Understanding, Reaching, and Helping
In Part 1 of this essay (Buskist & Howard, 2009), we made a broad distinction between two types of failing students — those students who actively fail our classes and those students who passively fail them. Actively failing students, despite their efforts to pass our classes, nonetheless perform poorly in them. In contrast, passively failing students exert little or no effort to pass our classes, and unsurprisingly they perform poorly. Because actively failing students attend class regularly and often respond to our attempts to contact and help them (electronically or in person), our attempts to assist them to improve their grades is often met with gladness. However, the story is often quite different with passively failing students: They don’t come to class and quite often do not respond to our prompts to drop by our offices and discuss their performance in our classes. Here, in Part 2 of this essay, we focus on (a) understanding the mindset and behavior of passively failing students, (b) improving our efforts to contact them, and (c) helping them improve their academic status in our classes.
Understanding Passively Failing Students
To be sure, passively failing students are an elusive bunch. Because attempts to contact these students border on futility, we took an alternative tack in our quest to understand their thinking and behavior — we interviewed 23 repentant or otherwise reformed former passively failing students. As group, these students once exhibited all or many of the characteristics of passively failing students, but for various reasons, they “saw the light,” changed their errant ways, and are now passing, and in some cases even excelling, in their courses.
Our discussions with passively failing students made one thing clear: There is no single underlying explanation for passive failure. In fact, we found seven likely reasons for why some students passively fail: lack of personal direction, parental and peer pressure to go to college, laziness, lack of confidence and embarrassment, family or relationship problems, alcohol and drug problems, and heavy involvement in social and athletic activities. These categories are not mutually exclusive; students often mentioned two or more of these explanations in describing their individual situations. Nonetheless, for clarity’s sake, we discuss each category separately. Interestingly, some of these students lacked the study skills necessary to succeed academically earlier in their college years, but others did not — they simply choose not to apply them.
Lack of Personal Direction
By far the most common reason given by students for their past passive failures was that they “just didn’t know what they were doing in college.” They had no focus and no clear goals. They didn’t know why they should take any particular class or what specific course of study they should pursue. Rather than tolerating this uncertainty and using the first or second year of college to work assiduously toward completing their general education requirements, they seemed uninterested in general education courses and overwhelmed with the myriad choices in choosing a major.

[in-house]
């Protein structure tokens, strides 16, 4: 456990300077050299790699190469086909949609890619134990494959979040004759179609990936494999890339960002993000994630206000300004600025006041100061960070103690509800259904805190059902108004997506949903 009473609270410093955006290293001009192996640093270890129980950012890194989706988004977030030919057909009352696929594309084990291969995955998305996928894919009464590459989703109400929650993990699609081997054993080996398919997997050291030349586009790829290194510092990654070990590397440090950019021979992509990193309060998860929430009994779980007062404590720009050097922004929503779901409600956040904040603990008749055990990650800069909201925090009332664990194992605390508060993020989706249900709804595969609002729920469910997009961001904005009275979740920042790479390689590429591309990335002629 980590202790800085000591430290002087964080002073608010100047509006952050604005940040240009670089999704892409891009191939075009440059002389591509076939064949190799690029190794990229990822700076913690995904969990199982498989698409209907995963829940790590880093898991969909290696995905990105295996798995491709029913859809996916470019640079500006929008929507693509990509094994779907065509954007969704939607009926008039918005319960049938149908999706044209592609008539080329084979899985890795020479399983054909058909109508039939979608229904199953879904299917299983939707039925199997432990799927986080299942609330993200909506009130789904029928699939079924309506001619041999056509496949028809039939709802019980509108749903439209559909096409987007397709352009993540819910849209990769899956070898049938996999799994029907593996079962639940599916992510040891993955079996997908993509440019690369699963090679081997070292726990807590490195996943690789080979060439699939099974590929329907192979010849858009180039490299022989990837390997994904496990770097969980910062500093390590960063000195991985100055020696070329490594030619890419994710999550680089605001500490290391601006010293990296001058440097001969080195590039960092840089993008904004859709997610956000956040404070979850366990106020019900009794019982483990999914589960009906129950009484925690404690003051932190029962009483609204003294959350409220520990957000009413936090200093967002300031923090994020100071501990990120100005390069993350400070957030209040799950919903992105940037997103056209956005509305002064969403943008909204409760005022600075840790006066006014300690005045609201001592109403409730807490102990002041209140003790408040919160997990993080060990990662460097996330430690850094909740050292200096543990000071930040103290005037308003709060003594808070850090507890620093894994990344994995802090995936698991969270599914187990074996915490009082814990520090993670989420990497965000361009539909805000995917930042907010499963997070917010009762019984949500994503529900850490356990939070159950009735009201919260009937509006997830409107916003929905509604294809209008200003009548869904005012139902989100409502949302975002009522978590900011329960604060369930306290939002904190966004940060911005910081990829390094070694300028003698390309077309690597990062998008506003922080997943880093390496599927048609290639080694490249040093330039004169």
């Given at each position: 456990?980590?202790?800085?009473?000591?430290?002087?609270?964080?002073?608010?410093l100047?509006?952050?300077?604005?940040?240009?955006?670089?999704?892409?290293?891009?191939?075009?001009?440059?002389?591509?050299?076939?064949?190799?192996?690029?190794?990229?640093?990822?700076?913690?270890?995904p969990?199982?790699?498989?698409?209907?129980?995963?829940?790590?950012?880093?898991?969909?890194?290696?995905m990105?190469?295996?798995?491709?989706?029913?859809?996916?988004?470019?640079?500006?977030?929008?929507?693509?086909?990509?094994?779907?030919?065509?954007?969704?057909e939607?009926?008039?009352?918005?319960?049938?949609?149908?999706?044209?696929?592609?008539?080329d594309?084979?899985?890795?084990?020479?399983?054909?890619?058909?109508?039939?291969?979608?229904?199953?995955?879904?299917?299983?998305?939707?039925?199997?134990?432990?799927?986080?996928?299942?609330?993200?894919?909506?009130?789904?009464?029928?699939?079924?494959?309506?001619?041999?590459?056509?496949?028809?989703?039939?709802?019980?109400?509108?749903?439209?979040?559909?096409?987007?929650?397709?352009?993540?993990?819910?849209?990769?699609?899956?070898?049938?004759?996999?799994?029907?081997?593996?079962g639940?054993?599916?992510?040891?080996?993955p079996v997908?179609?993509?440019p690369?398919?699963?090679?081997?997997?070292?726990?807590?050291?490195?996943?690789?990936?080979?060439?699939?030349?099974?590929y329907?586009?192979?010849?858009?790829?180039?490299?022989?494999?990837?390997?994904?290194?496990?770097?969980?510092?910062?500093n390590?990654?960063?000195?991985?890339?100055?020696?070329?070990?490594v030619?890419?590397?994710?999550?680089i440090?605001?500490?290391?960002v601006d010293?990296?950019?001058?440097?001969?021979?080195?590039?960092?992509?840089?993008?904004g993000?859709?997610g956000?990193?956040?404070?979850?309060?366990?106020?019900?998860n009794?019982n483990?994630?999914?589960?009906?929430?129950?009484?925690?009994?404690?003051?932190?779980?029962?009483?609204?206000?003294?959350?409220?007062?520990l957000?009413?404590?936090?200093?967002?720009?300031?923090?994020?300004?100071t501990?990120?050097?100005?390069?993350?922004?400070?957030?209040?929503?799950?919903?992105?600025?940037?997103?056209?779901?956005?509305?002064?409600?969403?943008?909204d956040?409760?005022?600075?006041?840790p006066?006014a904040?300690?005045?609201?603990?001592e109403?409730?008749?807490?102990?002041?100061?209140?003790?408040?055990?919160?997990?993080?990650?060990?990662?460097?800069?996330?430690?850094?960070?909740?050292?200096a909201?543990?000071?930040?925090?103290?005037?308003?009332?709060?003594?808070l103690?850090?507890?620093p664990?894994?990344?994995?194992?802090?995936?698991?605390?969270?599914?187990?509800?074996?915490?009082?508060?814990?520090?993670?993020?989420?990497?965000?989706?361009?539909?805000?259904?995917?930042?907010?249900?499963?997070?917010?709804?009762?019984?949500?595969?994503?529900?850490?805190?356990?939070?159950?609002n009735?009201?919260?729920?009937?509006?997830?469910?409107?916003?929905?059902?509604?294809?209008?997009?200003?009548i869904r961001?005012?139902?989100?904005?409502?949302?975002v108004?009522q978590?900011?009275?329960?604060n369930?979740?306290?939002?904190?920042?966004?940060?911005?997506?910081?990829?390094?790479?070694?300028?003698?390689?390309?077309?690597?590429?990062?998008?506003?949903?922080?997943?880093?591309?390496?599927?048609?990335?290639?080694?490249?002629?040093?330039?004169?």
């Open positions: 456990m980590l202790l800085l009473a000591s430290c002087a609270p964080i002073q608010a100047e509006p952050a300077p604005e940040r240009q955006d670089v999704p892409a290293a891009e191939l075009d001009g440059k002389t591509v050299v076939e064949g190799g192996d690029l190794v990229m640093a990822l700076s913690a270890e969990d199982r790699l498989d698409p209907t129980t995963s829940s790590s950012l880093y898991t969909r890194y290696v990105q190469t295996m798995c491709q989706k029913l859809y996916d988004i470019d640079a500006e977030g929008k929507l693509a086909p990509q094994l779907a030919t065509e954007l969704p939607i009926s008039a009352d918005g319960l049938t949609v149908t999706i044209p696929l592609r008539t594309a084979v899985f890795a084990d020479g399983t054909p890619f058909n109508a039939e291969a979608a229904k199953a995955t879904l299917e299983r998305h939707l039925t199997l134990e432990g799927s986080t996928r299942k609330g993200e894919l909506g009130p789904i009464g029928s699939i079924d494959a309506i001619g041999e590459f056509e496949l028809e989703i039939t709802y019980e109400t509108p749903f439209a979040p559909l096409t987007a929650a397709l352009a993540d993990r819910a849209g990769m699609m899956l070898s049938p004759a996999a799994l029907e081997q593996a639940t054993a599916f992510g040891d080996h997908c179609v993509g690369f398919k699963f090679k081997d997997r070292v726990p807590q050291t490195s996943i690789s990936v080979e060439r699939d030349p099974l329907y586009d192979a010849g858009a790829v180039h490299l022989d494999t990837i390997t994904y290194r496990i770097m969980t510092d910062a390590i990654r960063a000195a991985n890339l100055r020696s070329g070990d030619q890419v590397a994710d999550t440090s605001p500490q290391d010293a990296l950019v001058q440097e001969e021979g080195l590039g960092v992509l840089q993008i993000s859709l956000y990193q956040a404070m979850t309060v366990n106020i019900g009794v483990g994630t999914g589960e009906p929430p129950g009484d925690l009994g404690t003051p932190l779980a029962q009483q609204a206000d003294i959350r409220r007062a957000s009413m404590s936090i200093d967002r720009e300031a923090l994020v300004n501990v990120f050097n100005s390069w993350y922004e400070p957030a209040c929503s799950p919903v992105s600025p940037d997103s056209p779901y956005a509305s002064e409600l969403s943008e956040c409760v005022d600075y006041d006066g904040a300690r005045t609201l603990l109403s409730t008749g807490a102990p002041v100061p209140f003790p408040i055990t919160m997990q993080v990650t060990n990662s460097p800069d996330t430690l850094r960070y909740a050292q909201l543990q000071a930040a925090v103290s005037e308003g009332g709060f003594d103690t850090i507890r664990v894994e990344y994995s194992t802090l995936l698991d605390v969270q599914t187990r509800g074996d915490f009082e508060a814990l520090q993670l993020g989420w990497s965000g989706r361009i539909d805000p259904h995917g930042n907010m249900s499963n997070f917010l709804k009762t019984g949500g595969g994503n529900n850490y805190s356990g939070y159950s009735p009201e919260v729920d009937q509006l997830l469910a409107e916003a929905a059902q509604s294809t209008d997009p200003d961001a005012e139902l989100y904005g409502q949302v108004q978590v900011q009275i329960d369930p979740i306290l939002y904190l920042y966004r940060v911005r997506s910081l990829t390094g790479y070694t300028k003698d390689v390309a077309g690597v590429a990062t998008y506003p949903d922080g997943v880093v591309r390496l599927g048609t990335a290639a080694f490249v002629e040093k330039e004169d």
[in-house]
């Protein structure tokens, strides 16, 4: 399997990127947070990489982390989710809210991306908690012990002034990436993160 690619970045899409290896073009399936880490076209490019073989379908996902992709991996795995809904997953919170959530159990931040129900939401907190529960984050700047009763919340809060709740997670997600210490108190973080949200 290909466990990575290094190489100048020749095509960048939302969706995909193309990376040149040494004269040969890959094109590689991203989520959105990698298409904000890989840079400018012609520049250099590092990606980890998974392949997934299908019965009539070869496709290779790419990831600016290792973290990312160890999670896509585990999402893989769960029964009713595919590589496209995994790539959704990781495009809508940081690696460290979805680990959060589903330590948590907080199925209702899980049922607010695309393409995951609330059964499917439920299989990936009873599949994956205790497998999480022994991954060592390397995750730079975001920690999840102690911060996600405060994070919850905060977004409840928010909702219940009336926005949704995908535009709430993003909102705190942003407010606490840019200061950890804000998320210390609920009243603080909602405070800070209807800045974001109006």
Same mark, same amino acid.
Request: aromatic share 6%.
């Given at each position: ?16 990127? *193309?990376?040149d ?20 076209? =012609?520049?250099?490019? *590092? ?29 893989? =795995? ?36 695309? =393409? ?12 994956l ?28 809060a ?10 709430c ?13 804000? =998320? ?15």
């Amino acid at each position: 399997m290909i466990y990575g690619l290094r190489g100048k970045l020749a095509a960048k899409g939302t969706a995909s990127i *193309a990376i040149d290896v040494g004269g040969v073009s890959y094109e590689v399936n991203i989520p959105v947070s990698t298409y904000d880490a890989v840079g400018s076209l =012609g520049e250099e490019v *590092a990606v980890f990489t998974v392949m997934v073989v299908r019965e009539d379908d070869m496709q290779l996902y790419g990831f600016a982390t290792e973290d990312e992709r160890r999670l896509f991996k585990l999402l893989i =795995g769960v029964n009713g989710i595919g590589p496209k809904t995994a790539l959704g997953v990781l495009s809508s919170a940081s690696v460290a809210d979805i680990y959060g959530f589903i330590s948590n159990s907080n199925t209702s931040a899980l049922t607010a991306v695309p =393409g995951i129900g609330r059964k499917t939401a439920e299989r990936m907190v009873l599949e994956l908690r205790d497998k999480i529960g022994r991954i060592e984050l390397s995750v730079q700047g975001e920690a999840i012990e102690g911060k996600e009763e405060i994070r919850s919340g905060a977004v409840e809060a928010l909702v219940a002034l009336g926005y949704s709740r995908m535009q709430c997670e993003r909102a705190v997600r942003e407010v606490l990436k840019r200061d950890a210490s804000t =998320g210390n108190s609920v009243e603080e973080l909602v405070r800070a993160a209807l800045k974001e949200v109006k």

Parent and Peer Pressure to Go to College
Another common reason why students fail to become engaged in their courses early in their college career is that they simply didn’t want to be in college at the time. Students may enroll in college because of strong parental urgings to attend college following high school or because of pressure from their peers. However, attending classes confirmed their initial feelings that they did not want to be there, and soon they stopped attending most or all of their classes. Some of these students found one or two classes interesting, but not sufficiently enough to inspire them to continue attending other classes.
Many students noted that grades did not motivate them either to attend class or study. Thus, they attended and prepared for class only to achieve some minimal level of success. Many of these students hoped for Cs in their courses, but they grossly underestimated the effort necessary to achieve even this level of mediocrity. When faced with the fact that they must devote more time to their studies, they were unable to overcome the inertia that had already been established in the first several weeks of the semester.
Lack of Confidence and Embarrassment
In some cases, we found that students started out with good intentions, and at least for a short while, studied hard for their courses. Unfortunately, these efforts did not pay off, and these students received low or failing grades, which in turn caused them to lose confidence in their ability to do well in their courses. As a result, they developed a sense of inferiority, became discouraged, and found it difficult to face their teachers and their classmates because they were embarrassed about their performance. From their perspective, the easiest way out of this situation was not to seek help from their teachers, but to stop attending class altogether — effectively avoiding any potentially embarrassing situation with both teachers and peers.
Family or Relationship Problems